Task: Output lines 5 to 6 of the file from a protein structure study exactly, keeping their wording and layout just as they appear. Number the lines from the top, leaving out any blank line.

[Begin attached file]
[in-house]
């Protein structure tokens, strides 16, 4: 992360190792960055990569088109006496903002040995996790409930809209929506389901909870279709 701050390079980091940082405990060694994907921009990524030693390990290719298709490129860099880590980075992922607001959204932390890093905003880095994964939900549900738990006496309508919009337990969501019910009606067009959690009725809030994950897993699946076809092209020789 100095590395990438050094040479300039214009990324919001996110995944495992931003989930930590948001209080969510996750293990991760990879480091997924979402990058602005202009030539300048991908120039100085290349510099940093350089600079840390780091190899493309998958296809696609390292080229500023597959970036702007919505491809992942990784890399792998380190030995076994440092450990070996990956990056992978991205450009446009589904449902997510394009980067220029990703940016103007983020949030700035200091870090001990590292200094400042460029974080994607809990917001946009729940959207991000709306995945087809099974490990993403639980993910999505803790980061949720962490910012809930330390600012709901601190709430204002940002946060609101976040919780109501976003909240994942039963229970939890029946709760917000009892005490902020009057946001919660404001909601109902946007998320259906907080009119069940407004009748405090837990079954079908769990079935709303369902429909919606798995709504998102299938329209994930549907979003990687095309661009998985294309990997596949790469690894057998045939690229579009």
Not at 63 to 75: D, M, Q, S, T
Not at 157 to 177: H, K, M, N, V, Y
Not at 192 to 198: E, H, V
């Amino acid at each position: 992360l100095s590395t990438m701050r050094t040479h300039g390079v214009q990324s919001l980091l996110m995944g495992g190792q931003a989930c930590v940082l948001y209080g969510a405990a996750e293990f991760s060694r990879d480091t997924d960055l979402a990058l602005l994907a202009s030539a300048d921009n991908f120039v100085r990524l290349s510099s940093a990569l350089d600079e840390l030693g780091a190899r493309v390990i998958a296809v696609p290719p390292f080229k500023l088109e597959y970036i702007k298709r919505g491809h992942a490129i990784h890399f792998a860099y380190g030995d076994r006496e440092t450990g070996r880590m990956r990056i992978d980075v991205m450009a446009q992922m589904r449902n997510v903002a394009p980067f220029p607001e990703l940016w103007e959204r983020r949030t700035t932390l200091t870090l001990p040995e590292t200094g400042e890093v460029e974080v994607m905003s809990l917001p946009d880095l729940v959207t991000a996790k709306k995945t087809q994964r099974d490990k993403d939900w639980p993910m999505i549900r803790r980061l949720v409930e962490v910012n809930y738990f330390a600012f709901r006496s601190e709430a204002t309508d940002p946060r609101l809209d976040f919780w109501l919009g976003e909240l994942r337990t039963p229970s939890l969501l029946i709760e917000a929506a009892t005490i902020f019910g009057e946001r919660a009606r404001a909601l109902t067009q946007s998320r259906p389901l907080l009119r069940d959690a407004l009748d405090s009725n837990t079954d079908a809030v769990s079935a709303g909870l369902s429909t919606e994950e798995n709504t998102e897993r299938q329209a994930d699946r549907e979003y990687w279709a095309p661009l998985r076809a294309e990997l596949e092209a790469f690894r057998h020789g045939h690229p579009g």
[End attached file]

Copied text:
Not at 192 to 198: E, H, V
């Amino acid at each position: 992360l100095s590395t990438m701050r050094t040479h300039g390079v214009q990324s919001l980091l996110m995944g495992g190792q931003a989930c930590v940082l948001y209080g969510a405990a996750e293990f991760s060694r990879d480091t997924d960055l979402a990058l602005l994907a202009s030539a300048d921009n991908f120039v100085r990524l290349s510099s940093a990569l350089d600079e840390l030693g780091a190899r493309v390990i998958a296809v696609p290719p390292f080229k500023l088109e597959y970036i702007k298709r919505g491809h992942a490129i990784h890399f792998a860099y380190g030995d076994r006496e440092t450990g070996r880590m990956r990056i992978d980075v991205m450009a446009q992922m589904r449902n997510v903002a394009p980067f220029p607001e990703l940016w103007e959204r983020r949030t700035t932390l200091t870090l001990p040995e590292t200094g400042e890093v460029e974080v994607m905003s809990l917001p946009d880095l729940v959207t991000a996790k709306k995945t087809q994964r099974d490990k993403d939900w639980p993910m999505i549900r803790r980061l949720v409930e962490v910012n809930y738990f330390a600012f709901r006496s601190e709430a204002t309508d940002p946060r609101l809209d976040f919780w109501l919009g976003e909240l994942r337990t039963p229970s939890l969501l029946i709760e917000a929506a009892t005490i902020f019910g009057e946001r919660a009606r404001a909601l109902t067009q946007s998320r259906p389901l907080l009119r069940d959690a407004l009748d405090s009725n837990t079954d079908a809030v769990s079935a709303g909870l369902s429909t919606e994950e798995n709504t998102e897993r299938q329209a994930d699946r549907e979003y990687w279709a095309p661009l998985r076809a294309e990997l596949e092209a790469f690894r057998h020789g045939h690229p579009g």